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The Frozen Rabbi: Week 10, Part 2

Unable to fully master his newfound skills, Bernie visits Rabbi Eliezer at his workplace

Steve Stern
May 04, 2010

Bernie felt himself begin to shudder and grow dizzy at the sight, felt the familiar thrumming in his loins, the pressure building toward a seismic discharge. He fought helplessly against the coming release, imagining the subsequent stain he would try to conceal with an unavailing shirttail. But in the moment when his whole body was braced against the inevitable convulsion, the pressure reversed itself, and Bernie was catapulted clear out of his skin. In the quiet that ensued, he viewed the study hall, which included his own inert self, through the eyes of his soul from the vantage of eternity.

This was the first of several such experiences, each of which had the result of projecting Bernie into an element of radiance compared to which his sexual longings seemed incidental. Nor was sex the only spur to these ethereal sojourns: A phrase of music from an open window, a candy wrapper borne on a breeze, a red ribbon flickering like a serpent’s tongue out of a knothole in a twisted tree—any of these might serve as the trigger for a spontaneous out-of-body experience. Of course, while in his transports, there was the matter of the body that Bernie had left behind, which would appear as dumb and insentient as a stroke victim to the ordinary observer. It left him wholly unresponsive to a teacher’s questions and vulnerable to the malign scrutiny of his fellow students, for whom he was both an object of suspicion and a figure of fun. As a result, his abandoned corpus might be subject to abuse, to being graffiti’d with Magic Markers or plumaged like a bird in yellow Post-its bearing unkind messages. He might be carried in his cataleptic state to the urinals and his head flushed in a function called a “swirlie,” after which he would exude an odor no shampoo could dispel. Not that Bernie, when in the throes of rapture, cared much about what became of his physical self, though on his return—and always he had to return—he felt pity for the offenses his body may have suffered in his absence. Rather than feeling injured in spirit, however, he tended to view the abuse more as a persecution that lent poignant meaning to his extramundane flights. Still, this occasional absentee relationship to his own mortal form required skills he had yet to master; and the shell of his forsaken self was a spectacle that had prompted more than one teacher to recommend medical attention. In the event, resolving to learn how to manage his flights with more dexterity and tact, Bernie swallowed his pride and set out to seek the counsel of Eliezer ben Zephyr, the Boibiczer Prodigy, in his place of business.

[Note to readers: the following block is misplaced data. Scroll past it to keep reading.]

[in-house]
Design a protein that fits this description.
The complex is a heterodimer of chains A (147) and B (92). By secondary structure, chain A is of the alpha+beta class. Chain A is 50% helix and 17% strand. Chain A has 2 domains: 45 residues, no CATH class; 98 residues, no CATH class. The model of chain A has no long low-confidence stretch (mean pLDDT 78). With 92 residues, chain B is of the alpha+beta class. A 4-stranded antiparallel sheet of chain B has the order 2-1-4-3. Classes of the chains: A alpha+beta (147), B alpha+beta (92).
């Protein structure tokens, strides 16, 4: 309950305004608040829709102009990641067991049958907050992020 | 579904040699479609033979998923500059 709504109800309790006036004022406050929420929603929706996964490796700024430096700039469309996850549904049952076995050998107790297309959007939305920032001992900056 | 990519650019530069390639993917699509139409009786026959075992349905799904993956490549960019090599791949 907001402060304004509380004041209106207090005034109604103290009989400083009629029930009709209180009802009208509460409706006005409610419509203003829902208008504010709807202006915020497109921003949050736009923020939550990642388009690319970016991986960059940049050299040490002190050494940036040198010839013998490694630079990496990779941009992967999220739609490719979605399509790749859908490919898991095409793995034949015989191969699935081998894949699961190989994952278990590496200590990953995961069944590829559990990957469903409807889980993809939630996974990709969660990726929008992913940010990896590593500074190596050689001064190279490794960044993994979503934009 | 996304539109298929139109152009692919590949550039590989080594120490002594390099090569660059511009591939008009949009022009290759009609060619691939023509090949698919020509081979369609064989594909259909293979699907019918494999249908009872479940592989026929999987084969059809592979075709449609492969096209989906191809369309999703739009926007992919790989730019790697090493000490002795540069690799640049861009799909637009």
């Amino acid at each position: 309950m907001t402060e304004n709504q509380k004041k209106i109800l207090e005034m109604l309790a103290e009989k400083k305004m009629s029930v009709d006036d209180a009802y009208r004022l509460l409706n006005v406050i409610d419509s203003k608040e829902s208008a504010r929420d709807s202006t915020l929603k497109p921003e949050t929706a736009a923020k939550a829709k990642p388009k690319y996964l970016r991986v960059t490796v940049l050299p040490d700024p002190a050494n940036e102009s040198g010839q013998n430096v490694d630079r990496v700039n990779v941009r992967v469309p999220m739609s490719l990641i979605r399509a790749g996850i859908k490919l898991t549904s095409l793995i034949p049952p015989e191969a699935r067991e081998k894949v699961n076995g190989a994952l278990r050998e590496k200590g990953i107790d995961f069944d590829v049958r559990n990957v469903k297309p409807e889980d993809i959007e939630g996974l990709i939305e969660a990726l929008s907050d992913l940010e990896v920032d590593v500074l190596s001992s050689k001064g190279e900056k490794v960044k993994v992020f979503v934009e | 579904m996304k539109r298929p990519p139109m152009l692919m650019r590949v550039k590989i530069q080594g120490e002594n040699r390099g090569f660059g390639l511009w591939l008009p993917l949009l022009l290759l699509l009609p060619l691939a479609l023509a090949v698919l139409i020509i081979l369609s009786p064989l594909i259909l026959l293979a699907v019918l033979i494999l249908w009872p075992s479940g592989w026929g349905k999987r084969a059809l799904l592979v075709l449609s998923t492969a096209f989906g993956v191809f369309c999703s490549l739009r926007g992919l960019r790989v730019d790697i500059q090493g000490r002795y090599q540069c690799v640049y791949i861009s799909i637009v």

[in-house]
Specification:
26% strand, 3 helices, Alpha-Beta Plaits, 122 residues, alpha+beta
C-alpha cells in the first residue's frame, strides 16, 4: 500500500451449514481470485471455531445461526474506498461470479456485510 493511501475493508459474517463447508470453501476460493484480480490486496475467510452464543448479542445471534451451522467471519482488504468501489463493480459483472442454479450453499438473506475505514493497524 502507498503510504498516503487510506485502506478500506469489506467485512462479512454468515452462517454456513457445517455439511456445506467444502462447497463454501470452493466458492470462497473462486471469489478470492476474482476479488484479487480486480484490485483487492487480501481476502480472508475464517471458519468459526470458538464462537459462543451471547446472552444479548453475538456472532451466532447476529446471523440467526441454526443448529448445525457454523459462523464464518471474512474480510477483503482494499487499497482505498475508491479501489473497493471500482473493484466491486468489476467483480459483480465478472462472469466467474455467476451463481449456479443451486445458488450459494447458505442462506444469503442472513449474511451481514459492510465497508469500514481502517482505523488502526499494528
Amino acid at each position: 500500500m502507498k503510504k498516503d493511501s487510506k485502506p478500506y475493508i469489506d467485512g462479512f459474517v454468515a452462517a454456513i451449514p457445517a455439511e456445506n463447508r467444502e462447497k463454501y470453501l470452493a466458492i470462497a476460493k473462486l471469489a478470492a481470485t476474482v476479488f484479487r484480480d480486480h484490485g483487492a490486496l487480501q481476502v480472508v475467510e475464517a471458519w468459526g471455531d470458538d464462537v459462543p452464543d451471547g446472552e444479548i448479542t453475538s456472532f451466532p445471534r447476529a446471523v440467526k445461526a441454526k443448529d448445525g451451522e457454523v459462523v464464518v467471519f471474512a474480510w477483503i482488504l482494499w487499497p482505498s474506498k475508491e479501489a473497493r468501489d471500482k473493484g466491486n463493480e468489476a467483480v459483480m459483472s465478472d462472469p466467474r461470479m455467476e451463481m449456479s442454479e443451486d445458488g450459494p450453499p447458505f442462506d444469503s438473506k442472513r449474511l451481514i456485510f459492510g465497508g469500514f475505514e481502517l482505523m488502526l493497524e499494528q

Bernie had thus far studiously avoided the strip mall where the rabbi had established his House of Enlightenment. In truth, he’d felt completely abandoned by his mentor and bore him a petulant grudge, just as he did for his greedy father who was guilty by association. Bernie had even stopped watching TV for fear of seeing the rabbi’s puckered phiz smeared across the screen, reading awkwardly from a teleprompter as he guaranteed his audience that the wisdom of the ages could be theirs for only pennies a day. All this had galled the boy to the verge of disaffection, though his recent transcendental experiences had put him in a forgiving mood, and in the first brisk breeze of October, he walked the mile or so from his school to the Rebel Yell Shopping Plaza.

The House of Enlightenment, with its six-pointed star dan-gling like a neon watch fob in the plate-glass window, was sandwiched between Uncle Ming’s Chinese Take-Out and Layla’s Little Piggies Pedicures. Bernie pushed through the door to the sound of tinkling chimes and stepped into a vestibule that was equal parts gift shop and doctor’s waiting room, with a nod toward a Carpathian study house.

Check back tomorrow for the next installment of The Frozen Rabbi. Or, to get each day’s installment of The Frozen Rabbi in your inbox, sign up for the Tablet Magazine Daily Digest, and tell your friends.

Steve Stern, winner of the National Jewish Book award, teaches at Skidmore College in upstate New York.

Steve Stern, winner of the National Jewish Book award, teaches at Skidmore College in upstate New York.

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